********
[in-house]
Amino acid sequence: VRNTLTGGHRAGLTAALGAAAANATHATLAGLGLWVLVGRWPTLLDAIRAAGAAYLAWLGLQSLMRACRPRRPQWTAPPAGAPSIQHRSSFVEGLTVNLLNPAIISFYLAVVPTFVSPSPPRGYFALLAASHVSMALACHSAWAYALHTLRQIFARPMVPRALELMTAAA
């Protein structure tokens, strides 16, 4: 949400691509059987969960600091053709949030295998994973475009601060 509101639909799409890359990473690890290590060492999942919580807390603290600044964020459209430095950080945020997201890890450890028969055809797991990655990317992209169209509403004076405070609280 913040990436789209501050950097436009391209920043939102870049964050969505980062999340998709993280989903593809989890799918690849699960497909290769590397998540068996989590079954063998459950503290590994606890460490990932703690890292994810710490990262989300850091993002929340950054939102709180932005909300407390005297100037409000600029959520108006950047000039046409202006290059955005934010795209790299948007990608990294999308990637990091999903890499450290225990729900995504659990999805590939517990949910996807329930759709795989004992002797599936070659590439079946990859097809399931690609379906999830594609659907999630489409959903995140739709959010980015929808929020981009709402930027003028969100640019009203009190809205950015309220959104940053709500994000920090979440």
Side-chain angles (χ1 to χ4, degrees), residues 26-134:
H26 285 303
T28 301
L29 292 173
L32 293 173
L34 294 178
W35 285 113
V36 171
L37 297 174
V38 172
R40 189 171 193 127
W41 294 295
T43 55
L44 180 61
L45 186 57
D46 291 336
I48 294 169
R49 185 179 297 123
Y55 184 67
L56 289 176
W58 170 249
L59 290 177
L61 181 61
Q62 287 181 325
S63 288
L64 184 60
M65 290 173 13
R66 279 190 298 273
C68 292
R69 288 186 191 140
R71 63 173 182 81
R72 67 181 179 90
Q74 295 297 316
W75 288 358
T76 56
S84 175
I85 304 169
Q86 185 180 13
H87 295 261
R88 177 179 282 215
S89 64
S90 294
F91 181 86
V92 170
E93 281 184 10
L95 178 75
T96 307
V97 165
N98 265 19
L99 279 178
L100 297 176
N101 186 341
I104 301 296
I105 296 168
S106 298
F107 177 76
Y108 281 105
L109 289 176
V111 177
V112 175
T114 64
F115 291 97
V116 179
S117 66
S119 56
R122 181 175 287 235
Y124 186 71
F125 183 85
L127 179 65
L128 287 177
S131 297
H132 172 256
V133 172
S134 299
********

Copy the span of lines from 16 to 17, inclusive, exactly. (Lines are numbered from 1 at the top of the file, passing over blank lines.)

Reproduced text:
T43 55
L44 180 61